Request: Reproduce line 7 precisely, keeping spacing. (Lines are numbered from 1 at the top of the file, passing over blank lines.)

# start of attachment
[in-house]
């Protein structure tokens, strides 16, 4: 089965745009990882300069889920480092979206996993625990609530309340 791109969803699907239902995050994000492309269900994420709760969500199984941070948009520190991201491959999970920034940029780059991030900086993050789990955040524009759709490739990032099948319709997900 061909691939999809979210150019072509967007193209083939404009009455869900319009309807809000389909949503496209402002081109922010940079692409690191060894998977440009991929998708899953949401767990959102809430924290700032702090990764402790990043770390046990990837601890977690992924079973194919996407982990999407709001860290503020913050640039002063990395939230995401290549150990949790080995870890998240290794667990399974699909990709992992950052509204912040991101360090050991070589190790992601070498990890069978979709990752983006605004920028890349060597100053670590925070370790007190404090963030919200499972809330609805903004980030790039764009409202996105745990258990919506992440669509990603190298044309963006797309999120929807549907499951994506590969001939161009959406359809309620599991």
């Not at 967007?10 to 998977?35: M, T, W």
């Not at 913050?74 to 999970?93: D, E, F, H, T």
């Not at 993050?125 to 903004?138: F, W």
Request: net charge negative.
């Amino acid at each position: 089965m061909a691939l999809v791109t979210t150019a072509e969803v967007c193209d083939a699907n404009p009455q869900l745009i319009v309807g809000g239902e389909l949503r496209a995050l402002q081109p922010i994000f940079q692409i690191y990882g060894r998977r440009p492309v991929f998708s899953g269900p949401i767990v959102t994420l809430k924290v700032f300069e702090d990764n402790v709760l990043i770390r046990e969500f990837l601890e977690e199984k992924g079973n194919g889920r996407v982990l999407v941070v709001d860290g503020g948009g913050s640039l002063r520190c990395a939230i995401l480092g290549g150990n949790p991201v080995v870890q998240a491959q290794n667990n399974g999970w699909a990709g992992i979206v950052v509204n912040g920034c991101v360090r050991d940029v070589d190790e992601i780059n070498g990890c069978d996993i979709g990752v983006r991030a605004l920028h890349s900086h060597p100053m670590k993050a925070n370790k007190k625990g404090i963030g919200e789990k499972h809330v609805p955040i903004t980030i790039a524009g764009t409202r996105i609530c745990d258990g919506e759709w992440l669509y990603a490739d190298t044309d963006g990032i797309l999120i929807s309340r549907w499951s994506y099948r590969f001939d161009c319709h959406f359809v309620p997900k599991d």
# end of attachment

């Amino acid at each position: 089965m061909a691939l999809v791109t979210t150019a072509e969803v967007c193209d083939a699907n404009p009455q869900l745009i319009v309807g809000g239902e389909l949503r496209a995050l402002q081109p922010i994000f940079q692409i690191y990882g060894r998977r440009p492309v991929f998708s899953g269900p949401i767990v959102t994420l809430k924290v700032f300069e702090d990764n402790v709760l990043i770390r046990e969500f990837l601890e977690e199984k992924g079973n194919g889920r996407v982990l999407v941070v709001d860290g503020g948009g913050s640039l002063r520190c990395a939230i995401l480092g290549g150990n949790p991201v080995v870890q998240a491959q290794n667990n399974g999970w699909a990709g992992i979206v950052v509204n912040g920034c991101v360090r050991d940029v070589d190790e992601i780059n070498g990890c069978d996993i979709g990752v983006r991030a605004l920028h890349s900086h060597p100053m670590k993050a925070n370790k007190k625990g404090i963030g919200e789990k499972h809330v609805p955040i903004t980030i790039a524009g764009t409202r996105i609530c745990d258990g919506e759709w992440l669509y990603a490739d190298t044309d963006g990032i797309l999120i929807s309340r549907w499951s994506y099948r590969f001939d161009c319709h959406f359809v309620p997900k599991d």